Why are we still hanging-up on the telephone?


Considering the contribution that the telephone makes to the sector, I am always surprised at the lack of content about the channel at fundraising conferences. If you exclude (the rather good session) on mobile and SMS fundraising there was barely a mention of the channel at the IFC this year. Odd when you consider that response rates on the phone eclipse all other channels . And surely there is much to learn from the millions of conversations we are having with donors every year?

Sure it got the odd mention, more so perhaps than previous years, what with SMS and mobile making the channel more exciting and fashionable ,  but really nothing more than a mention here and there.

One such mention came from Stephen Pidgeon, a strong advocate of the phone.  When talking of how SMS Prospecting was changing the fundraising landscape in the UK, he asked the audience how they should follow-up these prospects. His answer of course was “Phone, phone, phone  – always the phone.”  The room was full of people silently nodding along as he spoke.

Then, someone asked a question which went something like this: “…but won’t the phone become over used? Won’t the public tire over the use of the channel?” So, the only question asked by someone in the audience was a negative one.  Great!  This about sums-up what we tend to hear on the rare occasions that the phone is mentioned.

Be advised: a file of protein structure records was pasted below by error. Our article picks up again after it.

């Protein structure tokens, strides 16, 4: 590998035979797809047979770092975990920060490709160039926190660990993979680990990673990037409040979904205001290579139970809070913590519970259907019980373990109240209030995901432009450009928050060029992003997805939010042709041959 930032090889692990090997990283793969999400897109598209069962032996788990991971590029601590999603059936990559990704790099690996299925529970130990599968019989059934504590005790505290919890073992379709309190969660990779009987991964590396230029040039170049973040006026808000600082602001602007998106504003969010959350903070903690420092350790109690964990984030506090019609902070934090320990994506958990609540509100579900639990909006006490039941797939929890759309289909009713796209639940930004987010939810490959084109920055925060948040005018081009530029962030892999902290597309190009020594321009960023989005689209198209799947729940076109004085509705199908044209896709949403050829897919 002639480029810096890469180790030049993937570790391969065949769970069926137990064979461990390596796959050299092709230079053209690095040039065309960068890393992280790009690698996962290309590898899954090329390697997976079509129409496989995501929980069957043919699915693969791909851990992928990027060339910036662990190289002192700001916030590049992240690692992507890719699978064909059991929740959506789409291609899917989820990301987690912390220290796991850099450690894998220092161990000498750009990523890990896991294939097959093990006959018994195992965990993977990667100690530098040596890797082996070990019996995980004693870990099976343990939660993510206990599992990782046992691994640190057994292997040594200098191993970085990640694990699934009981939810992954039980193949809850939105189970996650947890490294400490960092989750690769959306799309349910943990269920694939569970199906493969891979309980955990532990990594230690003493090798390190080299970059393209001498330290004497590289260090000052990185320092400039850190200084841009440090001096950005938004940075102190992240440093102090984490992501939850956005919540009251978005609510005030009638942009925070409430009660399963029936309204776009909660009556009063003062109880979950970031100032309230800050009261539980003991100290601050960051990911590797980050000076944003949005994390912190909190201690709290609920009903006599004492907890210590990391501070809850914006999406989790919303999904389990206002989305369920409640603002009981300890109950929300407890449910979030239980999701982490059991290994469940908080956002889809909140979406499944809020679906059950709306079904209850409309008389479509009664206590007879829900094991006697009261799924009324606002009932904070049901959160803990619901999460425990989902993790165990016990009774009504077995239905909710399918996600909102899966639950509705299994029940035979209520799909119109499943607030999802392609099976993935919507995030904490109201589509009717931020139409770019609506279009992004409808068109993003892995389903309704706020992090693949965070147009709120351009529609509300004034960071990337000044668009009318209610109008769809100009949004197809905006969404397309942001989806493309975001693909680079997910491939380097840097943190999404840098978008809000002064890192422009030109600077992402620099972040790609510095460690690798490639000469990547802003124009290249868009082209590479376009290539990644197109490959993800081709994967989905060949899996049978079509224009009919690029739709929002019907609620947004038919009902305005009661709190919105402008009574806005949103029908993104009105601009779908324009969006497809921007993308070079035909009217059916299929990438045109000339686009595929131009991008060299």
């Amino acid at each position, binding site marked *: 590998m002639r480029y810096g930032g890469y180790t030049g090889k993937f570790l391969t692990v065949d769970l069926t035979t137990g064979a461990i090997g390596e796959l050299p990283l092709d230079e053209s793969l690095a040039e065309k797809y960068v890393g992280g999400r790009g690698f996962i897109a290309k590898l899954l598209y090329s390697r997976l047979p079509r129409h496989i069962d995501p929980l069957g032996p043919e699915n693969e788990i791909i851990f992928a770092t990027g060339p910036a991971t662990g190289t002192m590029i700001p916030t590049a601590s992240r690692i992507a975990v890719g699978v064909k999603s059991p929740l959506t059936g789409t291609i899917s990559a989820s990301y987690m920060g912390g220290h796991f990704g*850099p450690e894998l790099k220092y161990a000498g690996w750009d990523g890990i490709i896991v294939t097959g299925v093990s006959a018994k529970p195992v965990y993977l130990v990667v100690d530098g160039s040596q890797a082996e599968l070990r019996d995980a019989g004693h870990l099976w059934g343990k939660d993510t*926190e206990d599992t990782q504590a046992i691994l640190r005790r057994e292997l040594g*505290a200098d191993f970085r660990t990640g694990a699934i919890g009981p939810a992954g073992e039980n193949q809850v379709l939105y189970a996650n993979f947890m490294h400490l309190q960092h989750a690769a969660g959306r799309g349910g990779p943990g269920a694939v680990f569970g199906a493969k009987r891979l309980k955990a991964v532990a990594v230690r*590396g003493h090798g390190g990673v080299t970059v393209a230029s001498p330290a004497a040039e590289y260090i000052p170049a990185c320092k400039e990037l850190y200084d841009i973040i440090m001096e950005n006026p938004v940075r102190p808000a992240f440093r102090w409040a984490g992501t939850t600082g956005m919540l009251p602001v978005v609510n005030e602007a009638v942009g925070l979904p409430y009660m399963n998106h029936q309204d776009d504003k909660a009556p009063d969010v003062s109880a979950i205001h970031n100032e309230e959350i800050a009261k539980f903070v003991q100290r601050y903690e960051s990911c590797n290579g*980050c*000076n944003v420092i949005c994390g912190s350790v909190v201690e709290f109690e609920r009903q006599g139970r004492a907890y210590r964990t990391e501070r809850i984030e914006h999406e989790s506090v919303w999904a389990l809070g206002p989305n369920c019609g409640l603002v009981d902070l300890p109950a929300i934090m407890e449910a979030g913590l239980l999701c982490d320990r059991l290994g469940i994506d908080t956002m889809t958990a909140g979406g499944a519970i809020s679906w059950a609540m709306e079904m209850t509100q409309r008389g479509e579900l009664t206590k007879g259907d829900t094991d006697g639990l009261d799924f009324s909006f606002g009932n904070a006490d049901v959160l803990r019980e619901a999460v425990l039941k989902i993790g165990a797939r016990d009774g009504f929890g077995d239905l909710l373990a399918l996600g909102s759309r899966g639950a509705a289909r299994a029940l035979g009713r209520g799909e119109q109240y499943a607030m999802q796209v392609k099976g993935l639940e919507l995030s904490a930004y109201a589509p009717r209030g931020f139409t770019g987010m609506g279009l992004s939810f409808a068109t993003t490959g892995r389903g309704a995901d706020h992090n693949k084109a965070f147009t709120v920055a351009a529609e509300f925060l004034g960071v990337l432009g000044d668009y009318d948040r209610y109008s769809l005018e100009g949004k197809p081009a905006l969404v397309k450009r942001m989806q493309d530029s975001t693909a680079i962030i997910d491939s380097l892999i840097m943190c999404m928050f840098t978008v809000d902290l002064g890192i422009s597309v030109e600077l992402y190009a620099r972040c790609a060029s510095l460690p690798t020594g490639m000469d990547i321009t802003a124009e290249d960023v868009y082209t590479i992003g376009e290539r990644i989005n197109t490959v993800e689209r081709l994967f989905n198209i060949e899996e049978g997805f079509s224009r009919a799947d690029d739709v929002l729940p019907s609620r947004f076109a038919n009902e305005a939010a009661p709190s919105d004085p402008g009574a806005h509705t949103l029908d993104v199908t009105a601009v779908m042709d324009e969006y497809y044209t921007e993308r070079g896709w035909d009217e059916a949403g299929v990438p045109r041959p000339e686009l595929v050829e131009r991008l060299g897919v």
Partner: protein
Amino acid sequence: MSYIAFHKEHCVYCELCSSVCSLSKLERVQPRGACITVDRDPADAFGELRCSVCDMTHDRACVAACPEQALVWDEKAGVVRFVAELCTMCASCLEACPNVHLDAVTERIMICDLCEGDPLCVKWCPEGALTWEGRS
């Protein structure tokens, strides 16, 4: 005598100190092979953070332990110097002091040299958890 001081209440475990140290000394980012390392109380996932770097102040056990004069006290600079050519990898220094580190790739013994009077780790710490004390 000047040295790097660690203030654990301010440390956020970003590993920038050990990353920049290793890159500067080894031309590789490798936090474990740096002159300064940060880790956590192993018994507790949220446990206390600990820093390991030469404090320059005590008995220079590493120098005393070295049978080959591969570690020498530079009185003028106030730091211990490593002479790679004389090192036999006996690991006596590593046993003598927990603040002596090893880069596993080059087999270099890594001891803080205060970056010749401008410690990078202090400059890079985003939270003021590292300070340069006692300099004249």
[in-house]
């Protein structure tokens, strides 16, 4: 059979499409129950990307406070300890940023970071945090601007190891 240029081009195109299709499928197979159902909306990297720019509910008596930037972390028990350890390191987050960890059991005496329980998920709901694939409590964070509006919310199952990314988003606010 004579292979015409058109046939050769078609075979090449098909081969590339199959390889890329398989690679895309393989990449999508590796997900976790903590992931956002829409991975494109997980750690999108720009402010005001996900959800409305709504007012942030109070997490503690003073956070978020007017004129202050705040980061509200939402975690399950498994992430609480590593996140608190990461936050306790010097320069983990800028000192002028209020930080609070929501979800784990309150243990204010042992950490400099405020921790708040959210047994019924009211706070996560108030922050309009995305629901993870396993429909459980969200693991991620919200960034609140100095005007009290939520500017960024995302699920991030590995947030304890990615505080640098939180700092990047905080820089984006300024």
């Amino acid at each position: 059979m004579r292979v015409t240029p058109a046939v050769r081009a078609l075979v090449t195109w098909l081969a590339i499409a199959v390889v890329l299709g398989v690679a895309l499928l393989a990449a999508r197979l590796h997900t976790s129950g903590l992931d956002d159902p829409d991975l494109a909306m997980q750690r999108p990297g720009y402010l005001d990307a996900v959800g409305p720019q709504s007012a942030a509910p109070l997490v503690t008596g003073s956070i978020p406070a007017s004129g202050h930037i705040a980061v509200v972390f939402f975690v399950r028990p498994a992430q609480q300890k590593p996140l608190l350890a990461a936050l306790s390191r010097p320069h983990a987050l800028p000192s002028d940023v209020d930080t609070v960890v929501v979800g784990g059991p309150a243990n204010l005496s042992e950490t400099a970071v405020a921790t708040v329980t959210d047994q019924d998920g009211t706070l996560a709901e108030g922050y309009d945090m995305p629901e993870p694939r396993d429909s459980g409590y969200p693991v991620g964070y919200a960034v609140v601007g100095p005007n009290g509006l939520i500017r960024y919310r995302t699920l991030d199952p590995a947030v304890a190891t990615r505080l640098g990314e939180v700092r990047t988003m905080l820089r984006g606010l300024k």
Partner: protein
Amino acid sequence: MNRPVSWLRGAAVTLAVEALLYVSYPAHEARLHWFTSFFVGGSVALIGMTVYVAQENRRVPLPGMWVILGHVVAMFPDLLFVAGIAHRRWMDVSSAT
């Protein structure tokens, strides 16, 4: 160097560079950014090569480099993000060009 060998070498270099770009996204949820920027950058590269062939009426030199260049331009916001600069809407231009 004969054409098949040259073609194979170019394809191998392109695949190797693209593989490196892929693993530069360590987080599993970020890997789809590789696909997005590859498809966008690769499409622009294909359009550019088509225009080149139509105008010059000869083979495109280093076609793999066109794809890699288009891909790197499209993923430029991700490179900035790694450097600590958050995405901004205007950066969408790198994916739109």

Where are the voices of those using the phone successfully to raise millions of pounds each year? Why are we shy to talk about the amazing conversations we are having with our donors? The Agitator was one of the first to be vocal on this subject, calling the channel the neglected stepchild of fundraising.

Considering that the key themes (all mentioned in Bethan’s blog last week) from the IFC focussed on engagement, emotional fundraising and integration – what better channel than the telephone to demonstrate these things through a real-time conversation?

I probed Stephen Pidgeon to find out a bit more about what he thought about this. He said:

“The phone has in the past been seen by some as intrusive, but now, particularly in the two-step recruitment methods that engage people first, building a relationship of interest both sides, well then….the ONLY media for conversion is the telephone. It eclipses all others…”

Like us, Stephen is excited about how in modern fundraising the channel can be one of our greatest tools.  With regards to engagement and loyalty, he is a great fan of the ‘thank you’ call for example,

“Gosh I would be thrilled to receive one of those [thank you calls]! Telephone will be used more and more as a connection device, thanking, bringing news, asking for more money or money in an emergency.  It’s got to be integrated of course, but then ALL media has to be integrated, most of all social media.”

So we know what we’re putting on our feedback form to the IFC this year – a big ‘yes please’ to more topics around the telephone.

Will our call for 2014 to be the year of the telephone be answered? We shall see.


…Still trying to change the world

Thanks Paul for sharing your fuzzy feeling last week.